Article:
The City also asserted a counterclaim against Creative for breach of contract, claiming that Creative failed to fulfill its contractual obligation to complete the project by removing and disposing of 17,000 cubic yards of sediment by January 31, 2004. It sought to recover liquidated damages pursuant to § 1.8 of the contract, which provided that Creative would pay $5.00 per cubic yard for the portion of the 17,000 cubic yards not removed and disposed of by that date. Creative contended, however, that it was excused from its obligations to complete the contract because the City either deliberately or negligently failed to inform it of the existence of the bubbler system, which made it impracticable, if not impossible, to complete the project within the allotted time.
The City also asserted a claim against the Surety for damages based on its alleged default on the performance bond that they issued to the City on behalf of Creative, guaranteeing completion of the project. The City sought to recover from the Surety the reasonable cost of completing the project. In its defense, the Surety contends that the City's deliberate or negligent failure to inform Creative of the existence of the bubbler system made it impracticable, if not impossible, to complete the project within the allotted time and rendered the contract and the bond unenforceable.
At the conclusion of the trial, the Court instructed the jury at length and provided each juror a questionnaire with eleven questions. The jury found that the City negligently failed to disclose to Creative the existence of the bubbler system and that Creative consequently suffered a total economic loss of $468,596, only fifteen percent of which was proximately caused by the City. The jury further offset its award by $9,010 for damage to the pilings of the Marina caused by Creative during its dredging, resulting in a net verdict of $61,279.40 in favor of Creative. Additionally, the jury found that the City's failure to disclose the existence of the bubbler system was not a direct and proximate cause of Creative's failure to complete the contract and thus awarded the City damages for Creative's failure to finish the project. Specifically, the jury found the Surety and Creative to be jointly and severally liable for $48,802 in liquidated damages pursuant to § 1.8 of the contract, as well as $300,000 representing the reasonable cost of completing the project, for a total award of $348,802. We entered judgment in accordance with the jury's verdict, and the parties subsequently filed the present motions.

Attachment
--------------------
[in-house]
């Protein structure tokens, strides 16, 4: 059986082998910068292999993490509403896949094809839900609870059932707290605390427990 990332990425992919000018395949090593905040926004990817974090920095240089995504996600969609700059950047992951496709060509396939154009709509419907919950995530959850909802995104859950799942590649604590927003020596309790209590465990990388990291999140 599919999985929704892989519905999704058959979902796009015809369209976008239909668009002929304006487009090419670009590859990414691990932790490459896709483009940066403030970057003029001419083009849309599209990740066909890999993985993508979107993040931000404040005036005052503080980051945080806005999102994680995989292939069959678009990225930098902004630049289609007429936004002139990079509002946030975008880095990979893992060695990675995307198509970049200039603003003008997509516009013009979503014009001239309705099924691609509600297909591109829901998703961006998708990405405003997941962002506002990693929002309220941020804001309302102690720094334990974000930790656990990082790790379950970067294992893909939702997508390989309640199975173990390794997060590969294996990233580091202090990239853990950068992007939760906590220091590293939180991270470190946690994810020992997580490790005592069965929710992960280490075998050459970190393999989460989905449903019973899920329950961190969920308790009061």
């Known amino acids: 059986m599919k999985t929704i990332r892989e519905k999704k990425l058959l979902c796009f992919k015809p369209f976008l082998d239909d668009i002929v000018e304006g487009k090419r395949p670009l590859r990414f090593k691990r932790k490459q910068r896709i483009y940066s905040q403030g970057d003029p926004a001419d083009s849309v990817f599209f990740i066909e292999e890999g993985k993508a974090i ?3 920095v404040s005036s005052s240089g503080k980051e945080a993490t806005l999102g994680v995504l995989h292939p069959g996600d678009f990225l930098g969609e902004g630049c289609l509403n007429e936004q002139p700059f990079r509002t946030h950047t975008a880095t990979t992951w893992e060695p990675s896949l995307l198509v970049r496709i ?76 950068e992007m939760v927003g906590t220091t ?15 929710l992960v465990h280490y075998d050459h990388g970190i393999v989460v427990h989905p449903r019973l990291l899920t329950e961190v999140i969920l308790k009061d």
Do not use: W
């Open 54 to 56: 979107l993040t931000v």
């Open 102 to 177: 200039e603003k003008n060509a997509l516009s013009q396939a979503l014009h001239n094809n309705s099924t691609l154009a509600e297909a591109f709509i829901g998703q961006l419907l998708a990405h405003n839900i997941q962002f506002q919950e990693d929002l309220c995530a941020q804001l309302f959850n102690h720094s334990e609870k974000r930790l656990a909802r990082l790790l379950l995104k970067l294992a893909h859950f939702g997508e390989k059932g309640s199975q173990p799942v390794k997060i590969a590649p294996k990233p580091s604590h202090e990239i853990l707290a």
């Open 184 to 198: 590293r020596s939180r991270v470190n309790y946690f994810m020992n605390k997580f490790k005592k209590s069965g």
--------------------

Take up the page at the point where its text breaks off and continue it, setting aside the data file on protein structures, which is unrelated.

I. Creative and the Surety's Motion for a New Trial
We will first address Creative and the Surety's motion for a new trial pursuant to FED. R. CIV. P. 59(a). A motion for a new trial may be granted only if the district court "determines that, in its independent judgment, 'the jury has reached a seriously erroneous result or [its] verdict is a miscarriage of justice.'" Nimely v. City of New York, 414 F.3d 381, 392 (2d Cir. 2005) (quoting Munafo v. Metro. Transp. Auth., 381 F.3d 99, 105 (2d Cir. 2004) (internal quotation marks omitted)) (citing Manley v. Ambase Corp., 337 F.3d 237, 244-45 (2d Cir. 2003)) (alterations in original); PRL USA Holdings, Inc. v. U.S. Polo Ass'n, Inc., No. 99 CV 10199, 2006 WL 1881744, at *4 (S.D.N.Y. July 7, 2006). Creative offers three grounds in support of its request for a new trial: it contends that:
(1) the Court erred by instructing the jury that it could allocate responsibility for Creative's losses to Code, which we absolved of liability on summary judgment; (2) the Court erred by allowing Vincent Love, the City's expert, to testify regarding Creative's specific economic loss in connection with the project; and (3) the ...